Thursday, 29 January 2015

Following up on the project risk log

Problem: Measuring progress to facilitate risk management.
Many a risk-log has ended it's life without any real value being added, due to lack of implementation and follow-up. The reason is, in my experience that the project fails to use test metrics for follow-up and governance.
Solution: Baseline the risk register on regular bases and compare metrics.
In order to baseline the risk log you would require a document containing the risks and some metrics. There are many ways of working with risks, but most common is the probability and consequence. This allows the project to plot the risks in a risk matrix, detailing the priority that the risks should have when working with mitigation. The matrix might look like this:
From here on the fun starts! Based on the risk mitigation activities that you implement you should see changes in the risk matrix. E.g. if your strategy is to address high probability risks first, you should see a trend of risks moving downwards in the matrix, and here is how it works:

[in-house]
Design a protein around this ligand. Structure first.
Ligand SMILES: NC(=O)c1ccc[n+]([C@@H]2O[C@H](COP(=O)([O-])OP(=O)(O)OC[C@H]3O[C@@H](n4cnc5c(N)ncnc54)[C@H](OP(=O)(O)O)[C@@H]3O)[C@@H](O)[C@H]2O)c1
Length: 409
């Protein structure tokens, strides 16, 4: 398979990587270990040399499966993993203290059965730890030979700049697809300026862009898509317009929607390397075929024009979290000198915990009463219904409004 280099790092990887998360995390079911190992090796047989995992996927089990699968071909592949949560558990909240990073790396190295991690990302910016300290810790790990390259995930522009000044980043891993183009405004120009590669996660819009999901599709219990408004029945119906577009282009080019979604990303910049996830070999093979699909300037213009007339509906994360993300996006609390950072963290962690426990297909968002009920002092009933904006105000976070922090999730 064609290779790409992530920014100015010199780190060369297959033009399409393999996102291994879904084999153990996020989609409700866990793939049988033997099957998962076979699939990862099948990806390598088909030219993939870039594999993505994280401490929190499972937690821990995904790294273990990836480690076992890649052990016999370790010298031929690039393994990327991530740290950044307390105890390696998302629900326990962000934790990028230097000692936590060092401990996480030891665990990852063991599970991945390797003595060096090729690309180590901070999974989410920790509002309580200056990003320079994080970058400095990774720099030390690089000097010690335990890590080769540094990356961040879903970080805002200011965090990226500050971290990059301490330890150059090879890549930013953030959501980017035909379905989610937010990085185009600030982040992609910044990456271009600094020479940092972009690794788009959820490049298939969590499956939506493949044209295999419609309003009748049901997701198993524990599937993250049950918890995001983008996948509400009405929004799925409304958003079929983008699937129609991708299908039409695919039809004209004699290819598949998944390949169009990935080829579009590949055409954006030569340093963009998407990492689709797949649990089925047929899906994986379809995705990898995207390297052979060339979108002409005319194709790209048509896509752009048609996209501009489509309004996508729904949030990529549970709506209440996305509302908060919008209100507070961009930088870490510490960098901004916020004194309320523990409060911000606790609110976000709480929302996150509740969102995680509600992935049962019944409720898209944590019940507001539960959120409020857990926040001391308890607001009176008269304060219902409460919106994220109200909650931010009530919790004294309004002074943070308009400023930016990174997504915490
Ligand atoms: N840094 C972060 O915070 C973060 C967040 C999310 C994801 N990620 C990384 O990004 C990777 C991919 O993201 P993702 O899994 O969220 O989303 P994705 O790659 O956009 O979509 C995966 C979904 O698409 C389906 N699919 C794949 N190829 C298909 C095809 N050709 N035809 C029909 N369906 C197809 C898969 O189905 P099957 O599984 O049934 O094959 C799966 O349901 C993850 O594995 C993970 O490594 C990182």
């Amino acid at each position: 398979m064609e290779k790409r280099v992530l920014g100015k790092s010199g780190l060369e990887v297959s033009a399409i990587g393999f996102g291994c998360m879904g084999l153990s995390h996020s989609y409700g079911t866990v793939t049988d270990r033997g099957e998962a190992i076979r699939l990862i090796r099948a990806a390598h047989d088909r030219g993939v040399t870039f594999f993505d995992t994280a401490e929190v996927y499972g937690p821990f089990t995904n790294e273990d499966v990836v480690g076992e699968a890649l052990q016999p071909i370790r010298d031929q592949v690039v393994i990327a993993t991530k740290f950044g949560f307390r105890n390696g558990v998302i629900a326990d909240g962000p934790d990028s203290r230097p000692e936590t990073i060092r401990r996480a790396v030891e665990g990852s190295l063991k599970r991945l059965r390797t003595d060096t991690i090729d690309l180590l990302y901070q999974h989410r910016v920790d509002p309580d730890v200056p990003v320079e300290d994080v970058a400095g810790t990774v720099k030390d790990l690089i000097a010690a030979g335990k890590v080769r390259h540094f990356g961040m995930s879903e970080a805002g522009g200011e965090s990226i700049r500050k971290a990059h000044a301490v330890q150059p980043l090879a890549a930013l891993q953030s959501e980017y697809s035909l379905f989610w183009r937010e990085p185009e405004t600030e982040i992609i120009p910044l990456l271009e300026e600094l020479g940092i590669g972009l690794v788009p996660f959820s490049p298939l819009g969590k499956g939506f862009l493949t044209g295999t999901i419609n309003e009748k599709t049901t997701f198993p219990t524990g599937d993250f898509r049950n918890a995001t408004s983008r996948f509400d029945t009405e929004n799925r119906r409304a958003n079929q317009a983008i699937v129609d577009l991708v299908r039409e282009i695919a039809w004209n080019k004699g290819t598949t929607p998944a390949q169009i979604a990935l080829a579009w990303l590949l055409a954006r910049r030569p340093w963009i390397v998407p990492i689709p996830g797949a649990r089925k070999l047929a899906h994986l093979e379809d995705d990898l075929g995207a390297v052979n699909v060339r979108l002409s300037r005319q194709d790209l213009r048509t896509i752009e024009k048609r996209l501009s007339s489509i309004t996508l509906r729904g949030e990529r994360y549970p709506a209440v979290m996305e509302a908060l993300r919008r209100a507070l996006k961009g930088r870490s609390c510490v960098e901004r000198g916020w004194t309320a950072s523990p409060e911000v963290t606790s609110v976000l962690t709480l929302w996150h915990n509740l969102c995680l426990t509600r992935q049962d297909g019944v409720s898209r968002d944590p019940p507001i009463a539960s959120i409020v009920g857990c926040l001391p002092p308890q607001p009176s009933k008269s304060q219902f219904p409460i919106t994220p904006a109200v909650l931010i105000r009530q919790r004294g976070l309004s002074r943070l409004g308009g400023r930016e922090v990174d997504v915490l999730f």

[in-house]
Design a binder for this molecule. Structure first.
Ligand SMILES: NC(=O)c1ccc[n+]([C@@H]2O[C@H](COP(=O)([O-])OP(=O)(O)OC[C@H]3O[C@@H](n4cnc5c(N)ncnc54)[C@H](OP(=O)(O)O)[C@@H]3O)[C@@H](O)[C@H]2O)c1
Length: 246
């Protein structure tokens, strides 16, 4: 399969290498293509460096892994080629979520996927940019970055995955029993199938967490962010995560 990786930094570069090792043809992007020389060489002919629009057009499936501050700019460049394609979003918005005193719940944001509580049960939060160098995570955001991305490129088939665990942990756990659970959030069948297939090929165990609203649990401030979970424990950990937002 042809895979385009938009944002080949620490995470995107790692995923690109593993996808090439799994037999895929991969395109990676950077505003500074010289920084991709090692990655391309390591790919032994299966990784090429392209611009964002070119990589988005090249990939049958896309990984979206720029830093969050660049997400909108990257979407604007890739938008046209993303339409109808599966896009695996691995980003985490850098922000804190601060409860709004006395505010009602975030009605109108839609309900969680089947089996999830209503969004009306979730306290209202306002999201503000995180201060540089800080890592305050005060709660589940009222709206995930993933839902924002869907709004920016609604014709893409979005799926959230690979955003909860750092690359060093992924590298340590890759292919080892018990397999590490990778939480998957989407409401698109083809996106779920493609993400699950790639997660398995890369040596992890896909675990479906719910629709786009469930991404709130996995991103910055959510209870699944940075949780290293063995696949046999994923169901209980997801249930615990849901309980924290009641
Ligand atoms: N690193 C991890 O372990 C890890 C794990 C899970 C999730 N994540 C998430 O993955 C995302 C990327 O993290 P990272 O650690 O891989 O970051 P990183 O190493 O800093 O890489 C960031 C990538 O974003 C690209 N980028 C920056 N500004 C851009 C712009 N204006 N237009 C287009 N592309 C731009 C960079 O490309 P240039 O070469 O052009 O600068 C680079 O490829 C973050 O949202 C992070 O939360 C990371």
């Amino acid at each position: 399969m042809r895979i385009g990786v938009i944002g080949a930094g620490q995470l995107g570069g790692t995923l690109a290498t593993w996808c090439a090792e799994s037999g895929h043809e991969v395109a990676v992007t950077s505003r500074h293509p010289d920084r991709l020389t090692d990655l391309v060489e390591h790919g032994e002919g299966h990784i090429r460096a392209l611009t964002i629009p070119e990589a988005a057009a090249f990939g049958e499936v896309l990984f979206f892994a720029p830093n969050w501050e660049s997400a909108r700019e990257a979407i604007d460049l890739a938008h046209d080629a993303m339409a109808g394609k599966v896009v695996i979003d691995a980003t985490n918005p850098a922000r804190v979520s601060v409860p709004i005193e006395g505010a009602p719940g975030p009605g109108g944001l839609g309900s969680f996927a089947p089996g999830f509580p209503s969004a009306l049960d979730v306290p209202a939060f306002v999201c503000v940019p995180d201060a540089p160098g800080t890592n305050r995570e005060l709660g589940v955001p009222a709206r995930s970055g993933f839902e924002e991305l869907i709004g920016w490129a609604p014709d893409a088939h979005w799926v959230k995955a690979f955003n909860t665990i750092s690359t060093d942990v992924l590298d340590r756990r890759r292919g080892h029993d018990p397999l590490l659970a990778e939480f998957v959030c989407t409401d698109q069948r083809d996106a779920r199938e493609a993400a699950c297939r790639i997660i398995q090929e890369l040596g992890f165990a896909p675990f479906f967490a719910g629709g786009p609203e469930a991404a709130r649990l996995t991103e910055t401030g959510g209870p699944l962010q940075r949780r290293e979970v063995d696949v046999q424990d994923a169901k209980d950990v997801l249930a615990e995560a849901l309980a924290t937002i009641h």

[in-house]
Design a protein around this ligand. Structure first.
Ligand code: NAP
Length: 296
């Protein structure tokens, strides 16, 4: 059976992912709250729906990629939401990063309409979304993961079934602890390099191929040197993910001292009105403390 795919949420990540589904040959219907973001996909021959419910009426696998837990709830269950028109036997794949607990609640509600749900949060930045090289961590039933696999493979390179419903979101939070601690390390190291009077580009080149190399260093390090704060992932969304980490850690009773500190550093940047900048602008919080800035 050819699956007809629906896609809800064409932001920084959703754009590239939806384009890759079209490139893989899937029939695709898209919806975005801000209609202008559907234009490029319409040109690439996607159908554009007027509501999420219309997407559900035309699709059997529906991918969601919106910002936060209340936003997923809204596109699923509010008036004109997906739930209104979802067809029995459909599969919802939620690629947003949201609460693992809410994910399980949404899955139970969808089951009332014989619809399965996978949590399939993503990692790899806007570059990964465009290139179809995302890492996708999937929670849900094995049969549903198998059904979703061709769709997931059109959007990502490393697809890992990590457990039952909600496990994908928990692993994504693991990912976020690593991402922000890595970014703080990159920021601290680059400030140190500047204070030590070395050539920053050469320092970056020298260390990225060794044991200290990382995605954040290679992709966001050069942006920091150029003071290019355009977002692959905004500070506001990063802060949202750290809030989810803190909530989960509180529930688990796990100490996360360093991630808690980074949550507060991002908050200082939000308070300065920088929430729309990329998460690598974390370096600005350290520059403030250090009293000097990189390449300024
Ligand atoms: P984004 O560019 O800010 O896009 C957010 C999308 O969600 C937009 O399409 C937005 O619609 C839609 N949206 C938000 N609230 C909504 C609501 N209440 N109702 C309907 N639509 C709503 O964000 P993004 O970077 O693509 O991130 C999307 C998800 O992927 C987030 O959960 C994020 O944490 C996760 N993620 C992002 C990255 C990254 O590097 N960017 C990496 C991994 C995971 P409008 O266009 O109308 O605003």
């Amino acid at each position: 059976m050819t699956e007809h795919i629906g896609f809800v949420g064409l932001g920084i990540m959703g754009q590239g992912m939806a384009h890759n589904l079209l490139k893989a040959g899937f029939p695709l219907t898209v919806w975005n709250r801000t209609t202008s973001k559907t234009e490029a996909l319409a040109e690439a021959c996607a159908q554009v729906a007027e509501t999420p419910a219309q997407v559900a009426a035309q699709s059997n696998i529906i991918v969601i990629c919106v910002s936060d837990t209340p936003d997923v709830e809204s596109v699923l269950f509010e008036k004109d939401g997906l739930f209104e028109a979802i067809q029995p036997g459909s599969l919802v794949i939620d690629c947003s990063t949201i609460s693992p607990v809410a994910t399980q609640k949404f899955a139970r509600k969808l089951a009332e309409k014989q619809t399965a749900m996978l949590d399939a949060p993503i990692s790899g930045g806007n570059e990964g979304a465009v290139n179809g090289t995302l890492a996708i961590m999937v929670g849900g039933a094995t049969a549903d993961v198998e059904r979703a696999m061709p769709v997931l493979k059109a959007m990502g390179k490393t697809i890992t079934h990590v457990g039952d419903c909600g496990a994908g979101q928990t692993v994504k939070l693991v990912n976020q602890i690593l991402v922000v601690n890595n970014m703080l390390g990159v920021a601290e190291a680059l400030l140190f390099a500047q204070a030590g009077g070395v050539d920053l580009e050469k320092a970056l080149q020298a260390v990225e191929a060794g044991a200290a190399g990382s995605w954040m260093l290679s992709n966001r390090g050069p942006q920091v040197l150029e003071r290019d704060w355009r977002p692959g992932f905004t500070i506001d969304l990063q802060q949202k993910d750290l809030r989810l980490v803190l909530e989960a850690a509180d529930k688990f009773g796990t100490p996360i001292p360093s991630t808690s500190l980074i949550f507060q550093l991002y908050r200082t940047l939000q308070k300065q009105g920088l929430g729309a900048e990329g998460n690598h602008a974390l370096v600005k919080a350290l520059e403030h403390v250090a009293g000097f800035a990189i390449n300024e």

On a monthly basis, you compare the risk matrix to last month, and you look for the following:
  • No change = Your risk management process is not kicking in, as the log is not changing!
  • Fewer risks = Your risk management is either mitigating those risks, or they are turning into issues.
  • More risks = Project is getting wiser, risks are identified – Food for thought and planning / mitigation.
  • Risks are migrating South & West = You are mitigating the probability and Impact of the risks.
  • Risks are migrating North & East = Your efforts are not mitigating the probability and Impact of the risks.
By doing this you will raise awareness on the risk management exercise, and force stakeholders to engage in a dialogue on risk within the project.
Another and even simpler way of baselining is to do a count of the number of risks and their status (assuming that you operate with one). You might have a list like this:
Potential: 14
Actual: 25
Averted: 12
Irrelevant: 3
Total: 54
Comparing the numbers on a regular basis will tell you if your risk management process is moving the risks in the right direction. You can even do a little trend-graph to keep things manager-friendly.
Finally, the use of tools will make it much easier for you in the long run – I’m not going to promote any tools, as I have no preference. One word of advice is to use Dr. Google and look for a risk management template for Excel, that should get you quite far for free. Look for a template draws the risk matrix for you.
Happy testing!

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